Last updated on July 19, 2021.
Is chocolate your guilty pleasure? Stress no more and think big. A 2012 study established a correlation between the consumption of chocolate per capita in a country and their number of Nobel Prize winners. The higher the consumption, the higher the rate. Coincidence? We think not! Here are 8 reasons why chocolate is good for you.
1. Chocolate may improve cognitive functions
Thanks to flavonol, a natural nutrient found in cacao, chocolate may improve your cognitive function by boosting brain blood flow. Flavonol is also known to reduce memory loss and increase verbal fluency for the elderly. Too good to be true? Read up the British study that proves chocolate may help you think better and faster.
2. Chocolate may reduce high blood pressure
A 2007 study has shown that people consuming chocolate regularly lowered their risk of heart disease, cholesterol, and calcified plaque in their arteries. Thanks to its flavonoids such as epicatechin and catechin, chocolate allows arteries and veins to stay supple.
3. Chocolate may help enhance attention span
Chocolate with at least 60% cacao have a high amount of theanine which is known to enhance attention span and relaxation.
4. Chocolate has an antioxidant effect
Chocolate has many compounds such as polyphenols, catechins and flavanols that have a very active antioxidant effect. Antioxidants are good for the heart and may lower risks of some types of cancers. Levels are said to be 3 times higher than in green tea and two times higher than in wine
5. Chocolate may help improve your mood
Due to its high levels of theobromine and magnesium, chocolate has a positive impact on stress, anxiety and depression. Studies have shown that chocolate-eaters are calmer and happier. Chocolate also contains phenylethylamine which is a chemical that pushes your brain to release endorphins. These hormones trigger a feel-good feeling in the body.
6. Chocolate contributes to skin protection against the sun
A study conducted by the London University of Arts has shown that people who were eating dark chocolate could handle sun exposure longer without burning compared to non-chocolate eaters or people eating chocolate with low flavonols. Flavonols improve skin hydration and density which in turn help protect you against sun damage.
7. Chocolate may help reduce weight
Eaten in moderation, chocolate contributes to lower body mass index (BMI). The catechin within chocolate helps reduce weight and leads to slimmer muscles. Moreover, dark chocolate helps triggering the satiety feeling that can prevent you from over-snacking.
8. Chocolate is good for expecting mothers
Because chocolate helps reduce stress, a 2004 Finnish study has linked smiling and laughing babies with the fact that their mothers were eating dark chocolate during pregnancy.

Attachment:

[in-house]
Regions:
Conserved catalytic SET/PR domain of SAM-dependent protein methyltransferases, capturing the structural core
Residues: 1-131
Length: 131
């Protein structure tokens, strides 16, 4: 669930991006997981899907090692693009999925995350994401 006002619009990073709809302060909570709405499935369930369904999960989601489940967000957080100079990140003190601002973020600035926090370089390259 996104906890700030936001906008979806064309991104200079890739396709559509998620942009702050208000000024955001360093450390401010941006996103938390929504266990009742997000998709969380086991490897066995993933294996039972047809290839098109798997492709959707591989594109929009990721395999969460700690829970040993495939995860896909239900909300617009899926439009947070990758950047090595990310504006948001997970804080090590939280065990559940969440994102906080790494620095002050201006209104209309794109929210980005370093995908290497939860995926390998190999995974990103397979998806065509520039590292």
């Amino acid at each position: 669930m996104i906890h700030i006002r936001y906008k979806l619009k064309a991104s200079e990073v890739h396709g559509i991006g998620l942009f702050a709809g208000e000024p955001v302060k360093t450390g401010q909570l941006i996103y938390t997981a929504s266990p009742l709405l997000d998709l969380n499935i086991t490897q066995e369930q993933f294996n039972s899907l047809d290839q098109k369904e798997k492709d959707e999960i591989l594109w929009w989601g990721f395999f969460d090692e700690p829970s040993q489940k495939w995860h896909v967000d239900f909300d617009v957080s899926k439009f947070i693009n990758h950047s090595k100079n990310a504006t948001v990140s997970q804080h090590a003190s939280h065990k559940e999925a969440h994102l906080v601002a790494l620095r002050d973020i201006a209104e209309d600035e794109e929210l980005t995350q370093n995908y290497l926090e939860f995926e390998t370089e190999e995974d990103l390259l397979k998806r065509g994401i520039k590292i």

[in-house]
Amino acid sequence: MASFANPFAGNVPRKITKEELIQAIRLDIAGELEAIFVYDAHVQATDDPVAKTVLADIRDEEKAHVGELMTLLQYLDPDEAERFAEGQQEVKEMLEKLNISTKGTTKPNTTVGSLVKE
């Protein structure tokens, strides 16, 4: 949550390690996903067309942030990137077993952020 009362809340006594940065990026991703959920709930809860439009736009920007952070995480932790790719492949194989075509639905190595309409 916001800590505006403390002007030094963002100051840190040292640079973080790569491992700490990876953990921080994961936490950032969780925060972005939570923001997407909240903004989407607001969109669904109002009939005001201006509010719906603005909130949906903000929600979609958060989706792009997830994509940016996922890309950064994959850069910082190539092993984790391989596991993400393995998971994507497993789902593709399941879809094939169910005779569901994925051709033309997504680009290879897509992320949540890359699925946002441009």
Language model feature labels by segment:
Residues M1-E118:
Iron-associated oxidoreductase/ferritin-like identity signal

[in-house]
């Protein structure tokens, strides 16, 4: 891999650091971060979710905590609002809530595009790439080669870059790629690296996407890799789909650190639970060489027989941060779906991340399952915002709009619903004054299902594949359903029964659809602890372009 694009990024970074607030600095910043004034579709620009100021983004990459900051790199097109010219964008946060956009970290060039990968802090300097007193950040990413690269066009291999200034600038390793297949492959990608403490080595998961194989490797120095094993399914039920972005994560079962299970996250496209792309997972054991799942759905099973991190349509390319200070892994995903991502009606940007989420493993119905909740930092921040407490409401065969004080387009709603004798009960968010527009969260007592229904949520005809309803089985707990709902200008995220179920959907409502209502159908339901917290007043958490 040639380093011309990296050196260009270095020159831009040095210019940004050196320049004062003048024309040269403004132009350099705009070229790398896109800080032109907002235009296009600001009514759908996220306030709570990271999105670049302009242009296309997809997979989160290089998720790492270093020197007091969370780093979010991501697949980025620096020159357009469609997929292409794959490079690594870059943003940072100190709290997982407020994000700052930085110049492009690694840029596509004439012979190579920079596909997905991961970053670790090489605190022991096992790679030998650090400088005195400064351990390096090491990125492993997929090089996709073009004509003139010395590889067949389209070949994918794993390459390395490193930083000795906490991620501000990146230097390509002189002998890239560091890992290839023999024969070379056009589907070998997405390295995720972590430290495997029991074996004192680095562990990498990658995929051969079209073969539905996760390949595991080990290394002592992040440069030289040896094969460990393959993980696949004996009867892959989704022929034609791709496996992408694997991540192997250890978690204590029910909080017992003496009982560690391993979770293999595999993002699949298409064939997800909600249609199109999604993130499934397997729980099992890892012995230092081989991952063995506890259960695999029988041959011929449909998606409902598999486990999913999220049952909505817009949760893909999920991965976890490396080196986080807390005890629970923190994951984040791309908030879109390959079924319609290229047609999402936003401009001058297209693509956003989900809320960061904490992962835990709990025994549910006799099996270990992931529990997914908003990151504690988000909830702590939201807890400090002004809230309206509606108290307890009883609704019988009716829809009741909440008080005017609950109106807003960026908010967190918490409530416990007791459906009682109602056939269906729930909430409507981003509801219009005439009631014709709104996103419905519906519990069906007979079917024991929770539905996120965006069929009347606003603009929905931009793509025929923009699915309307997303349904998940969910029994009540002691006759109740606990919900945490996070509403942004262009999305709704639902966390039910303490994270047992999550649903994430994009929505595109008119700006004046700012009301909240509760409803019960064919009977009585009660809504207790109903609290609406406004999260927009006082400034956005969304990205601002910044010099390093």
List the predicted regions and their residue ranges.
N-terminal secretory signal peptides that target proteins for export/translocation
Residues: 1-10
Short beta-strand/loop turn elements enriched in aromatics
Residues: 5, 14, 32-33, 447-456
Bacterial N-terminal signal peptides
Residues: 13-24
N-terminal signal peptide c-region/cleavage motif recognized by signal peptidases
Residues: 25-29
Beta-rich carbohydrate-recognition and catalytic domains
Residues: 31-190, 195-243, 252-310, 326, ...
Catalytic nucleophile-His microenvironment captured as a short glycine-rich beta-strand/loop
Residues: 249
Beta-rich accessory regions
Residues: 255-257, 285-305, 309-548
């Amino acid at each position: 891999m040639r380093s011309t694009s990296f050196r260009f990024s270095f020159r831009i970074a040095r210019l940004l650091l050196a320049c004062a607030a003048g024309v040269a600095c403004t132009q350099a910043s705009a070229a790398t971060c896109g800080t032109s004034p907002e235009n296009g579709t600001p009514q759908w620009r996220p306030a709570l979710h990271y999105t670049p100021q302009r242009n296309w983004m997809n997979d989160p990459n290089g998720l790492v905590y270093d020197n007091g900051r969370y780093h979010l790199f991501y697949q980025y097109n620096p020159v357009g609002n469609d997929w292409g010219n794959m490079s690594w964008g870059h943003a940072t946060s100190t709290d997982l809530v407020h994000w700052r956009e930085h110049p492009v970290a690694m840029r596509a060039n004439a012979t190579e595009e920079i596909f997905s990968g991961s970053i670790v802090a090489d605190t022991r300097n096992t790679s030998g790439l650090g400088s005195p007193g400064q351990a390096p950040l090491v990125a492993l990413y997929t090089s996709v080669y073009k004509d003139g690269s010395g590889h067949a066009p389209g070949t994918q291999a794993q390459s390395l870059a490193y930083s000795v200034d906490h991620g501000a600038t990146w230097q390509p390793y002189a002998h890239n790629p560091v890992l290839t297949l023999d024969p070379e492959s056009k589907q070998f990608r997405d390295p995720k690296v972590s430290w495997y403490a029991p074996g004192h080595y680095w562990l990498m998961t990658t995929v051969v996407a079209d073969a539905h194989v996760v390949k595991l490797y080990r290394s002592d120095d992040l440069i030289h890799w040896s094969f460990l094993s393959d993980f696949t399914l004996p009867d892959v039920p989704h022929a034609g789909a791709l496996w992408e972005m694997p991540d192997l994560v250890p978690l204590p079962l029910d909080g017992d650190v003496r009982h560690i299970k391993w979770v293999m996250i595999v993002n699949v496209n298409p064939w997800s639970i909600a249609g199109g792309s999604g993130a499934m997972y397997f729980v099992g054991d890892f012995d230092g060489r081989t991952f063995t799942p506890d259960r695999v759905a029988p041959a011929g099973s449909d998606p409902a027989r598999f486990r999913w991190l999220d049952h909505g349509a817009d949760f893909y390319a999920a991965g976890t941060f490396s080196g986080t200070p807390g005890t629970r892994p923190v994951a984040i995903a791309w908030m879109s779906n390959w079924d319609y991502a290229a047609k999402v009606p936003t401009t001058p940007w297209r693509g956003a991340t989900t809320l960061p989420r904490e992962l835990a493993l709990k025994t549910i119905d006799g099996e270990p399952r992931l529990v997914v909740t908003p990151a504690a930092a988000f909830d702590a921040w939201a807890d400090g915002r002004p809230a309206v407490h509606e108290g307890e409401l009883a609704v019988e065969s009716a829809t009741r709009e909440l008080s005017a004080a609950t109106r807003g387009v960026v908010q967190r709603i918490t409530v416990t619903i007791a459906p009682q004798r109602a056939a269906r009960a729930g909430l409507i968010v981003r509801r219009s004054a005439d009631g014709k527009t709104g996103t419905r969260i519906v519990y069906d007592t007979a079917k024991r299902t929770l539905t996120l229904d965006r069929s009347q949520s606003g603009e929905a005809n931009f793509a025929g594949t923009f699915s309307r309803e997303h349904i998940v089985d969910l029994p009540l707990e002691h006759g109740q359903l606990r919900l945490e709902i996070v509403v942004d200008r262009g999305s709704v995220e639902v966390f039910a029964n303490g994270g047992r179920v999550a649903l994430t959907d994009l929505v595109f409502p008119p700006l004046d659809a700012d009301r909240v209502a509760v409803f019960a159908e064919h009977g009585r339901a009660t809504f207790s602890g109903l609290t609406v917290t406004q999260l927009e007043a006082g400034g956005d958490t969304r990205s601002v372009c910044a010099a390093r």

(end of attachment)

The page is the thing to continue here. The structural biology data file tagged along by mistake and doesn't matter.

Plus, chocolate could reduce pregnancy complications such as preeclampsia (characterised by very high blood pressure) thanks to the theobromine that dynamizes the heart, dilates blood vessels and relaxes muscles.
Practical tip: What sort of chocolate should you chose?
Definitely not milk or white chocolate. The above listed health benefits are for dark chocolate with at least 70% cacao.
70% + dark chocolate contains:
But beware: dark chocolate is very rich and is best consumed in moderation!
If you are like the Healthy Matters’ team, you may want to indulge every day… ok maybe twice a day. Our office ultimate favorite is 78% dark chocolate! We’re a happy team but maybe not that calm…
- Chocolate Consumption, Cognitive Function, and Nobel Laureates, Franz H. Messerli, M.D., October 18, 2012, N Engl J Med 2012; 367:1562-1564
- Cocoa has more phenolic phytochemicals and a higher antioxidant capacity than teas and red wine, Lee KW1, Kim YJ, Lee HJ, Lee CY, J Agric Food Chem. 2003 Dec 3;51(25):7292-5.
- Eating chocolate can significantly protect the skin from UV light, Williams S1, Tamburic S, Lally C. J Cosmet Dermatol. 2009 Sep;8(3):169-73
- Effect of cocoa and tea intake on blood pressure: a meta-analysis, Taubert D1, Roesen R, Schömig E. Arch Intern Med. 2007 Apr 9;167(7):626-34.
- Sweet babies: chocolate consumption during pregnancy and infant temperament at six months, Katri Räikkönen, Aleksi Pesonen, Anna-Liisa Järvenpää, Timo E Strandberg, Published in Early human development 2004.
- The effect of flavanol-rich cocoa on the fMRI response to a cognitive task in healthy young people, Francis ST1, Head K, Morris PG, Macdonald IA, J Cardiovasc Pharmacol. 2006;47 Suppl 2:S215-20.
|This article was independently written by Healthy Matters and is not sponsored. It is informative only and is not intended to be a substitute for professional medical advice, diagnosis, or treatment, and should never be relied upon for specific medical advice.|